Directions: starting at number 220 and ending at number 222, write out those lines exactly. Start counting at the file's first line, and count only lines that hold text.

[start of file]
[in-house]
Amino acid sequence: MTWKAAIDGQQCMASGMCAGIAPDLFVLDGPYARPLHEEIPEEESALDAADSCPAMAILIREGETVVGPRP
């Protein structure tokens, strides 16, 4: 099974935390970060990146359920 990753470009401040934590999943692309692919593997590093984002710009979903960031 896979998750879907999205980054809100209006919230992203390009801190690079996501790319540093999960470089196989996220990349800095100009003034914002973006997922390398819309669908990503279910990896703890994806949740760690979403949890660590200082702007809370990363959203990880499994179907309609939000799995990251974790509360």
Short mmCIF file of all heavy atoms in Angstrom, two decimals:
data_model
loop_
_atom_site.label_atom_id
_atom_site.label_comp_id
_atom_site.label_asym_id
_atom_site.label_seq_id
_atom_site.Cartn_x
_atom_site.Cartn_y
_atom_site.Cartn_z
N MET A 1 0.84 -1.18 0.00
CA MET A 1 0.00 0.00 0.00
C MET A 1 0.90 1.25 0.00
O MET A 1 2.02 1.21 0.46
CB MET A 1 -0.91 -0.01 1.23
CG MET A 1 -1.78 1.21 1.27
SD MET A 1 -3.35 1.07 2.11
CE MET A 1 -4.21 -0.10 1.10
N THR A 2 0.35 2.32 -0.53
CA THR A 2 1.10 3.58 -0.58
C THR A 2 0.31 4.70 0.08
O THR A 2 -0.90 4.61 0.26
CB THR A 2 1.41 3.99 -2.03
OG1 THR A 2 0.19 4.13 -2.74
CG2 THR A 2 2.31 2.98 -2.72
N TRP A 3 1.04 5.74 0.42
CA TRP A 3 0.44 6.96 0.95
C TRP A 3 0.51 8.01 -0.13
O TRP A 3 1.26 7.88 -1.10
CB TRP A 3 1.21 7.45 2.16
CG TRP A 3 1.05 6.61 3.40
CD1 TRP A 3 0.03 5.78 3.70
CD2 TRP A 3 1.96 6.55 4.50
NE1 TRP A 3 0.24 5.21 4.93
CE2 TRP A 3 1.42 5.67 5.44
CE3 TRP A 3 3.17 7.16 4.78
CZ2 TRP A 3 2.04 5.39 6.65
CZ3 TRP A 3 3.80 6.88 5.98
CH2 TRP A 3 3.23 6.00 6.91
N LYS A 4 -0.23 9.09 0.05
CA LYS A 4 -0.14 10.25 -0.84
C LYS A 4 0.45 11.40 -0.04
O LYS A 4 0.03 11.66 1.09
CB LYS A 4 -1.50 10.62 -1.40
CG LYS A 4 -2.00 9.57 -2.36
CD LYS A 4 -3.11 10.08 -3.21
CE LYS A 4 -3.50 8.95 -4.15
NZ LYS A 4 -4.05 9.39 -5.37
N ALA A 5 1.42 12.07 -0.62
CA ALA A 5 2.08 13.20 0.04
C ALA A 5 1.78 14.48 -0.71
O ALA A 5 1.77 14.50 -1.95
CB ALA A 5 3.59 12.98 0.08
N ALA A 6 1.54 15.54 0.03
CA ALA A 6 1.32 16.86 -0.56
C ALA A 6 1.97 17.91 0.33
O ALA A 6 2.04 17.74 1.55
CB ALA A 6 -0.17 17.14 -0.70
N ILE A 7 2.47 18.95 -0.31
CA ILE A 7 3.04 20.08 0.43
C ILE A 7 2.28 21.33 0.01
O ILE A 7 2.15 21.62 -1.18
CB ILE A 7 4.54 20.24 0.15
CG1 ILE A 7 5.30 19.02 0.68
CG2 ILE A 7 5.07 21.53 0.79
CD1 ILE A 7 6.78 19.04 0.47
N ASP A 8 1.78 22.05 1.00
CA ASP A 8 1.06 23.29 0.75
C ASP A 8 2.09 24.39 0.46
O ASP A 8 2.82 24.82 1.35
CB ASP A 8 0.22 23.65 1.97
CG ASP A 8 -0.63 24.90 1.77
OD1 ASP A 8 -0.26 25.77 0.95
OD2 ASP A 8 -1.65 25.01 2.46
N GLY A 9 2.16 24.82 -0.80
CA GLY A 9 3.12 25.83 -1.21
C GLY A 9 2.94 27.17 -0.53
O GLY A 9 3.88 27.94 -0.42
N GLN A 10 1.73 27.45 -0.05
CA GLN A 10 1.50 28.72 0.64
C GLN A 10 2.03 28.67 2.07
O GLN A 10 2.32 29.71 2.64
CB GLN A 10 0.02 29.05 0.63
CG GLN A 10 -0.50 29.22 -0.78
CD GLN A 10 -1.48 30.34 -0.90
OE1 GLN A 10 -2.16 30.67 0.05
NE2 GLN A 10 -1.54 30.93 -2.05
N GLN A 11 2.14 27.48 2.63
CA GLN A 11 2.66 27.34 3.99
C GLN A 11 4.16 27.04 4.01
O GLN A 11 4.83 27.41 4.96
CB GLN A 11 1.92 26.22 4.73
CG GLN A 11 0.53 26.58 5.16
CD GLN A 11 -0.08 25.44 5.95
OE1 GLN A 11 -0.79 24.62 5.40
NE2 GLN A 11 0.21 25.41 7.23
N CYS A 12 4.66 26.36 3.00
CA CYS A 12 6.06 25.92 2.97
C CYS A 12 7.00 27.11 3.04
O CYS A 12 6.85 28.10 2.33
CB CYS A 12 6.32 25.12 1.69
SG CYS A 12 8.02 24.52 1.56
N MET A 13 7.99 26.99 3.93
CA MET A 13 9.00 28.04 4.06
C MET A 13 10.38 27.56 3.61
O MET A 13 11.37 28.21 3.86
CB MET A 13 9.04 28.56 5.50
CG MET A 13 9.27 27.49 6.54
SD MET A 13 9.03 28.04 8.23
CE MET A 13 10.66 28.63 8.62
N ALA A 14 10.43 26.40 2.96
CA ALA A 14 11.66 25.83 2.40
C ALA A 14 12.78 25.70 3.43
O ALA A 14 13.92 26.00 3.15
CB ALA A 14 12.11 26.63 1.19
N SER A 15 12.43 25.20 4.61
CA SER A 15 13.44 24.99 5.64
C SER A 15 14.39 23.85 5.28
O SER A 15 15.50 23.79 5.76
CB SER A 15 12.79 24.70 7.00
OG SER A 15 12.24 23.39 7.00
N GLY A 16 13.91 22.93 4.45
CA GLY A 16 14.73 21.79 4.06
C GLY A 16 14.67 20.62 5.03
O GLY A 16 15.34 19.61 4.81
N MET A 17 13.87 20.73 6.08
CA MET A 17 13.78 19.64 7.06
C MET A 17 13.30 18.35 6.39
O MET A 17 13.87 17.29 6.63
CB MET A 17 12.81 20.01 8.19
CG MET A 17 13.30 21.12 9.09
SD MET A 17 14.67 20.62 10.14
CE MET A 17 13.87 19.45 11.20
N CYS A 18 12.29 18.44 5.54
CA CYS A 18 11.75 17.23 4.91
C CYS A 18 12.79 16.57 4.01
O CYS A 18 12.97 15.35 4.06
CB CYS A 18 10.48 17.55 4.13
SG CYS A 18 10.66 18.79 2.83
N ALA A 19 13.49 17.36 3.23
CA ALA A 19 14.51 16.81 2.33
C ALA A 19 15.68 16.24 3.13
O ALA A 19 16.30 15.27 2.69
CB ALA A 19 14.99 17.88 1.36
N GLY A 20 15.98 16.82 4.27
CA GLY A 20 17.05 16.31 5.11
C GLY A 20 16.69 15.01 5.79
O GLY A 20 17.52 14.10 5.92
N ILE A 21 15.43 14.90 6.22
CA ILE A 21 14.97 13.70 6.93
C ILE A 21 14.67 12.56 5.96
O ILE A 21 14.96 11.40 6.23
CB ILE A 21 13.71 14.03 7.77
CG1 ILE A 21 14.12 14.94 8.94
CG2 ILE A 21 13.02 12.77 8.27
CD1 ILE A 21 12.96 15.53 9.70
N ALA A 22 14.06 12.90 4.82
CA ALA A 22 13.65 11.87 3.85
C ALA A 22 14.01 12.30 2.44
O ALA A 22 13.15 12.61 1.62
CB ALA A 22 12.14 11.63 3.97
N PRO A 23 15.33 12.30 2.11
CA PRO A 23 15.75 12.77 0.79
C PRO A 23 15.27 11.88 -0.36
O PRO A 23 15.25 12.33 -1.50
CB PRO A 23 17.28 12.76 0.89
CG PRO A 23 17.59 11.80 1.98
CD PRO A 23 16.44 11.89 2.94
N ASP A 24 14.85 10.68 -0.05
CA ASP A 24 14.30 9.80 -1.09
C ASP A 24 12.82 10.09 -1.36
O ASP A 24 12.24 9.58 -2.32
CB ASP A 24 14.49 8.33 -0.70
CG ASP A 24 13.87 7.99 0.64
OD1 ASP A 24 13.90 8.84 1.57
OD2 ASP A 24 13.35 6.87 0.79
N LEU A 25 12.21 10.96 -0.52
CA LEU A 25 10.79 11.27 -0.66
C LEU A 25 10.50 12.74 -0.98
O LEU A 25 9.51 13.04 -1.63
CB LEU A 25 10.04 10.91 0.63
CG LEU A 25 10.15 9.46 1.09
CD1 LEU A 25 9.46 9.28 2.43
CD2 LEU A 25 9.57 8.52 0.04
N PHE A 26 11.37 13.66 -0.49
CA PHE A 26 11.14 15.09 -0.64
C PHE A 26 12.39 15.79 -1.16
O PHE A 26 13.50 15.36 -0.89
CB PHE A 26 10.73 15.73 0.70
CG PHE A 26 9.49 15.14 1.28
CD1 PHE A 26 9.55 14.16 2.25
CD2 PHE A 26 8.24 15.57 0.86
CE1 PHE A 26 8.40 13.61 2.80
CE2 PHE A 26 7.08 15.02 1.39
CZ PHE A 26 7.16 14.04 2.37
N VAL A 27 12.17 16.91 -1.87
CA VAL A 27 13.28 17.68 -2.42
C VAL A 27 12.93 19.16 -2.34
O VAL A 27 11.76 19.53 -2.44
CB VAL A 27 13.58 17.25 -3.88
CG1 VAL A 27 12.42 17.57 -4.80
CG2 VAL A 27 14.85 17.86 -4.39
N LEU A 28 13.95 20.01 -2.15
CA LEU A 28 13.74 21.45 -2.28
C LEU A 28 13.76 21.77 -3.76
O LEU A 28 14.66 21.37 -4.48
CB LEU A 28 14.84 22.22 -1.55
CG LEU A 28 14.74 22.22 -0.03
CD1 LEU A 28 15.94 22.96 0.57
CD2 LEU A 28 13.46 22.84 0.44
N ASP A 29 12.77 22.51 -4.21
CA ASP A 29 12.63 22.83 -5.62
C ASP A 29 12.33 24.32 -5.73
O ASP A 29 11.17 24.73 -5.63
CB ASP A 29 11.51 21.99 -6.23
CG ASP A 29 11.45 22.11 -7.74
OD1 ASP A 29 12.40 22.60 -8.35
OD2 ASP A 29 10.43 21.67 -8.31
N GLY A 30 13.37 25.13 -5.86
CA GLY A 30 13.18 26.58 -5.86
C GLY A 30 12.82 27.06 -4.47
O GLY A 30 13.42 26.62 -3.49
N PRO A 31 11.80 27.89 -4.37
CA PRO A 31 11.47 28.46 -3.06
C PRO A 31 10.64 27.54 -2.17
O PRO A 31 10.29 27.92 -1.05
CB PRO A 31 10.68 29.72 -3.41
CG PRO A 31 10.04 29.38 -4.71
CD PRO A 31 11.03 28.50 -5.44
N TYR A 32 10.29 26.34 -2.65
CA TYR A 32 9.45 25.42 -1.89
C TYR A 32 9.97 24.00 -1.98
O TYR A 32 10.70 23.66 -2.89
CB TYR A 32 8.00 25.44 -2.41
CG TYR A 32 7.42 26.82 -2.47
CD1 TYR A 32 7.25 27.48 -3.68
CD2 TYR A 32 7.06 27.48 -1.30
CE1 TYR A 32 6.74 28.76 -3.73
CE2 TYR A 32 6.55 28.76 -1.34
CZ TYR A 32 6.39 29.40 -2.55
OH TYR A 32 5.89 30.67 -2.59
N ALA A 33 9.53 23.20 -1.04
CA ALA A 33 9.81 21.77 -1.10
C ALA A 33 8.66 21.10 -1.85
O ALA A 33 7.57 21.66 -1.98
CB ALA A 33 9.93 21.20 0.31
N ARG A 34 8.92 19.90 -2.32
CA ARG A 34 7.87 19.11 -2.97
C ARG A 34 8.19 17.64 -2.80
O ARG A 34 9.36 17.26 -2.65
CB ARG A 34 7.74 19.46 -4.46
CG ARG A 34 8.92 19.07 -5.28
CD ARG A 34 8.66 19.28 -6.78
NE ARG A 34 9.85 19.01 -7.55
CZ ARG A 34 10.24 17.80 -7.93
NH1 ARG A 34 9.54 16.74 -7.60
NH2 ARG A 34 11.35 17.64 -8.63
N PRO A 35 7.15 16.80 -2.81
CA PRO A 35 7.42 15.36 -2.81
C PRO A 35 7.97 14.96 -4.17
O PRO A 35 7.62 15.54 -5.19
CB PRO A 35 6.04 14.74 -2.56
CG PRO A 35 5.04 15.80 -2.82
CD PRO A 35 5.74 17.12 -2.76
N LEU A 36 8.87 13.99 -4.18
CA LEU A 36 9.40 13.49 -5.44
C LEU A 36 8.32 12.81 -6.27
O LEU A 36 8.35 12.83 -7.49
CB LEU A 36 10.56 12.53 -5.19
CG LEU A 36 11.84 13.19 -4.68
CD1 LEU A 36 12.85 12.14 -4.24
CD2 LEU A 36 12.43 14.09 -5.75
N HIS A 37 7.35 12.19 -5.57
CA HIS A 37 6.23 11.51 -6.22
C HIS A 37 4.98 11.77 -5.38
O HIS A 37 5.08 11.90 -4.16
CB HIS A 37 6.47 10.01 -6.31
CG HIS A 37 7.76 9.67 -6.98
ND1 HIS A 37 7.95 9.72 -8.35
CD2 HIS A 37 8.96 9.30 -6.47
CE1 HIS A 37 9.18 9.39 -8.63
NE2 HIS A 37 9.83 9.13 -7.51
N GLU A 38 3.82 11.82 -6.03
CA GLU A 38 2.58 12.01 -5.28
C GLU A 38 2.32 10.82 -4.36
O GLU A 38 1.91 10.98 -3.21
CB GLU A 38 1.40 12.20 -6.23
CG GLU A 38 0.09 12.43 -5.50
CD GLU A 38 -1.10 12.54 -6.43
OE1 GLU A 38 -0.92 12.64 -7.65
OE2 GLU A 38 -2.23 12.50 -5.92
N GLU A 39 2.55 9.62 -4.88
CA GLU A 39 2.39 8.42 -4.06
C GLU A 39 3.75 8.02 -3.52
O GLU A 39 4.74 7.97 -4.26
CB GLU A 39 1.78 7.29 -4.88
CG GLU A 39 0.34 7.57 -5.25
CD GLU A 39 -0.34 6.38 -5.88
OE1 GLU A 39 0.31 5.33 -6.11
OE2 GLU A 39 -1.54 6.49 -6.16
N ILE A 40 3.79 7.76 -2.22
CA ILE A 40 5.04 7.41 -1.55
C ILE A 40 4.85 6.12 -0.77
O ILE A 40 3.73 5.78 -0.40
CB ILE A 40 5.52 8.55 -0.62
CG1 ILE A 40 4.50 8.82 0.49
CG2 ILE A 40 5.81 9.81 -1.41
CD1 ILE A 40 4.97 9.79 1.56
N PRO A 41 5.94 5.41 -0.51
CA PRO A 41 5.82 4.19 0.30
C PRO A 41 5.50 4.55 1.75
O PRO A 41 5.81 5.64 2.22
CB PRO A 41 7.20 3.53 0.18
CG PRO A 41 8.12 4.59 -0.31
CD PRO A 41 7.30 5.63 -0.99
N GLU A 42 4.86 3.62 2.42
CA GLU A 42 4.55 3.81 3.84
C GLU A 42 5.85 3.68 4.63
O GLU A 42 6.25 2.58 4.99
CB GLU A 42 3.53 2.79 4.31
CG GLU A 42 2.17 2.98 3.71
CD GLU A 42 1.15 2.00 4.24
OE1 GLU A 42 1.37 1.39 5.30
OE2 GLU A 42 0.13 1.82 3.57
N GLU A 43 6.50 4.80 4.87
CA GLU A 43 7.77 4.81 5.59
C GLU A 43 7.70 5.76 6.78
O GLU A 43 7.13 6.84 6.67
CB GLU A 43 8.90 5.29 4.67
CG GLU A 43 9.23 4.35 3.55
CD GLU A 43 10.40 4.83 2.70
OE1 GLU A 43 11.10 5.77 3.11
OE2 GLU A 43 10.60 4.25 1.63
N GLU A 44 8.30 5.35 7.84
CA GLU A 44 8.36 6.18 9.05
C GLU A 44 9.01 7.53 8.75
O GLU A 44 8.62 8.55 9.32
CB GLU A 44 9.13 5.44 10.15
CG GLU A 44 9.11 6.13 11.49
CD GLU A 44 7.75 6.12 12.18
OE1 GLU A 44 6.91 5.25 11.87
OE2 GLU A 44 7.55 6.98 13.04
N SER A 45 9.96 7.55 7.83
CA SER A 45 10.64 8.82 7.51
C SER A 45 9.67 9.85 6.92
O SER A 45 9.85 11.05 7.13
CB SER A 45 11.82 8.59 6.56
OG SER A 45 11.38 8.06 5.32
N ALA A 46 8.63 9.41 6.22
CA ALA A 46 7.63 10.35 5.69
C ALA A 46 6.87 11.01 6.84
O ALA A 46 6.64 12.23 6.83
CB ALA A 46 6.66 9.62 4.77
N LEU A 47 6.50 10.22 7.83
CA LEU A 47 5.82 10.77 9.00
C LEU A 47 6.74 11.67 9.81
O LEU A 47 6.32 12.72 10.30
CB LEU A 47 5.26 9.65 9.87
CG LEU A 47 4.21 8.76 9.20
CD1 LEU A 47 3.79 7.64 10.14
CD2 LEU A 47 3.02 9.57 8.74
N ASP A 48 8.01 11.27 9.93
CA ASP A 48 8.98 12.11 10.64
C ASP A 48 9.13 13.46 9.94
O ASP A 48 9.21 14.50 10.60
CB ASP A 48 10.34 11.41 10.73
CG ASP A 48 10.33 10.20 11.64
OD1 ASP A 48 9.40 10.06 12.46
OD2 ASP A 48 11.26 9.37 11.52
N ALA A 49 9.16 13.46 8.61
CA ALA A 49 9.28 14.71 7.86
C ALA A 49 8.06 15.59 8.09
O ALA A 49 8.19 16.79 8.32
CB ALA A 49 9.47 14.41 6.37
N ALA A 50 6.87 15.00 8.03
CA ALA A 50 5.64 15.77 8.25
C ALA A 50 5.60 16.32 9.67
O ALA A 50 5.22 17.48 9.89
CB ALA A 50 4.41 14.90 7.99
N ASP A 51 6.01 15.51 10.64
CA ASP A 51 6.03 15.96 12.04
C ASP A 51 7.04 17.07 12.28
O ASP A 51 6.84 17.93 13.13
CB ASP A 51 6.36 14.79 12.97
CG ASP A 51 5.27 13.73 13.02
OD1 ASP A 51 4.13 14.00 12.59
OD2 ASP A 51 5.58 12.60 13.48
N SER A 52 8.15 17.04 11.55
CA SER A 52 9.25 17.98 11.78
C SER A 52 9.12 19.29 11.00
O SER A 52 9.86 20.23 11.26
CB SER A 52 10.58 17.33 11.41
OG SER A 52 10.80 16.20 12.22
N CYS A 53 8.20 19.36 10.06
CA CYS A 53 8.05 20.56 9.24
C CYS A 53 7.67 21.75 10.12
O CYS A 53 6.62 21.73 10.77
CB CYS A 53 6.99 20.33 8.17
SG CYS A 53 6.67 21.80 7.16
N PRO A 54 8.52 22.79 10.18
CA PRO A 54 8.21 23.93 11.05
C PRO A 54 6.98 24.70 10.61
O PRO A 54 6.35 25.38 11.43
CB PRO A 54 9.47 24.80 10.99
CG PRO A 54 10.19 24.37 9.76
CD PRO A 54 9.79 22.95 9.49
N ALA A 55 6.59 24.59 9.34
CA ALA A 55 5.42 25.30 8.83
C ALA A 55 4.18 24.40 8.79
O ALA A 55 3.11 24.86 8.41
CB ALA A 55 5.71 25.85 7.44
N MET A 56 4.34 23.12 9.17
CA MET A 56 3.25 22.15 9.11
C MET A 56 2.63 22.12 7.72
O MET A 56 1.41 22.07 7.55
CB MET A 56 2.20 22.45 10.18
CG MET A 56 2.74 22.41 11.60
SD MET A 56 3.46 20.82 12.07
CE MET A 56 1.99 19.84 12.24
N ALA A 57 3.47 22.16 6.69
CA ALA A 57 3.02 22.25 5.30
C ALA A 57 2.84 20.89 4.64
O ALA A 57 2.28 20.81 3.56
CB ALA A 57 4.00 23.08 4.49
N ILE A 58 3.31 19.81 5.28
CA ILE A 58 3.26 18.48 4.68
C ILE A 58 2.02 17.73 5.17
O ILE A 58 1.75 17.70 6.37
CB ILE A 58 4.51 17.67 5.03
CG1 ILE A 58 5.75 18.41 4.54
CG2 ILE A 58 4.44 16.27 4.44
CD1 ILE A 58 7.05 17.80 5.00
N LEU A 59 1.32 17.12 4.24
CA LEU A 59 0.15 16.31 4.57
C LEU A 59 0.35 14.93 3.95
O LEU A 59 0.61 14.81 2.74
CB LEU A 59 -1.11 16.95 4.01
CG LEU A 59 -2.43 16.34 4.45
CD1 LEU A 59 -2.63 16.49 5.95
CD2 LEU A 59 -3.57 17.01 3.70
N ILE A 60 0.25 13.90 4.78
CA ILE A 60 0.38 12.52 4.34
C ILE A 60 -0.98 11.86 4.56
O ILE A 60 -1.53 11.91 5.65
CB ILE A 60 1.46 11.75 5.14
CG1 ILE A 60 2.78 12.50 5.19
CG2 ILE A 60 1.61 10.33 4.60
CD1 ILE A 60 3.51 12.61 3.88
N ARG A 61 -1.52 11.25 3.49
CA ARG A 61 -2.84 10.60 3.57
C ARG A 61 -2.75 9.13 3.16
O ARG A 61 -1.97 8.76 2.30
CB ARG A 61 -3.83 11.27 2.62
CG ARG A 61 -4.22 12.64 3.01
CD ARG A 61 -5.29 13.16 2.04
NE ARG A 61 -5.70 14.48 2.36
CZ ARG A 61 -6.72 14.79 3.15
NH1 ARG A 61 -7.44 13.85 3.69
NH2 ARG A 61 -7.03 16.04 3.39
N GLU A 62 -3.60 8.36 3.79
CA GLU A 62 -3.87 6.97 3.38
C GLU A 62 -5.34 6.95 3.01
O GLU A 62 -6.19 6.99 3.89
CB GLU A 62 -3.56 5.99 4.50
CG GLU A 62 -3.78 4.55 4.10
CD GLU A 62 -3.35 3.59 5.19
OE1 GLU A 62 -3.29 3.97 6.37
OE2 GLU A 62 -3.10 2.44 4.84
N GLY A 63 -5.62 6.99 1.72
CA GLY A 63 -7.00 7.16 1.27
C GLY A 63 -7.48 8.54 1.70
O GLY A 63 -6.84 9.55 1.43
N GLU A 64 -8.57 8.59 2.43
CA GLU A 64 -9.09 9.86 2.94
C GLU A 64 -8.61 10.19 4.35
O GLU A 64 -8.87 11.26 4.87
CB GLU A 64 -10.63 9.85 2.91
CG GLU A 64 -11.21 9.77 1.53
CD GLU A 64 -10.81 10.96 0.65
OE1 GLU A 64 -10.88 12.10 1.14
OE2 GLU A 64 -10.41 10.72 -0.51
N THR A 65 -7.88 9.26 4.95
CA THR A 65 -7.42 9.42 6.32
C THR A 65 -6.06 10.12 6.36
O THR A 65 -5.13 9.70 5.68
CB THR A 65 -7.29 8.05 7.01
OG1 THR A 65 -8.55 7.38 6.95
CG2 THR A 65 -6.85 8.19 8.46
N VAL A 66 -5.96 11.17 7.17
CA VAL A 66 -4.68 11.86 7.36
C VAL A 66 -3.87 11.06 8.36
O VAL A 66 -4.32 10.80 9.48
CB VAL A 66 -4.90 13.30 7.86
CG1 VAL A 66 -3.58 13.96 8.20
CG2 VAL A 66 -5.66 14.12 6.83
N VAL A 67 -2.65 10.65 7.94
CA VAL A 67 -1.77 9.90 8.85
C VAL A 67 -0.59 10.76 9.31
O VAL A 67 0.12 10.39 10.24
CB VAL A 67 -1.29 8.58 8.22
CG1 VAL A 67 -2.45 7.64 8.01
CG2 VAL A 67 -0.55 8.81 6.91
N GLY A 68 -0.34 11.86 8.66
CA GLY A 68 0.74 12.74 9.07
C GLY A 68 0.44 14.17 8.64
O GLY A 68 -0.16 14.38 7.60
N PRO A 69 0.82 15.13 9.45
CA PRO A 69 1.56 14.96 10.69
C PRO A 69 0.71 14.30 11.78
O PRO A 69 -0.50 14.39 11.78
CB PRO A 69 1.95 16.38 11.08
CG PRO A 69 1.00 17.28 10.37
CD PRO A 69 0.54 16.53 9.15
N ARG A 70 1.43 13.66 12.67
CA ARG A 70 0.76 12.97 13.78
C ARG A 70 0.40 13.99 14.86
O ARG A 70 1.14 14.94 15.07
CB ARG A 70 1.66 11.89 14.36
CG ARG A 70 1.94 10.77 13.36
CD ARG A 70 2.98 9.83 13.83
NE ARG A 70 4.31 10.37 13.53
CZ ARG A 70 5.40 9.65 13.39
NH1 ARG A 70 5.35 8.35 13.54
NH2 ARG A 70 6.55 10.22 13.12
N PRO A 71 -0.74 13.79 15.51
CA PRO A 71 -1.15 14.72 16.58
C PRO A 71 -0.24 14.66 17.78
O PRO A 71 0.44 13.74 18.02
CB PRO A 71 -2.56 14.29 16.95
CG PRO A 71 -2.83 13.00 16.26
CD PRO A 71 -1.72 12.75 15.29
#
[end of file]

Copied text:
OD1 ASP A 29 12.40 22.60 -8.35
OD2 ASP A 29 10.43 21.67 -8.31
N GLY A 30 13.37 25.13 -5.86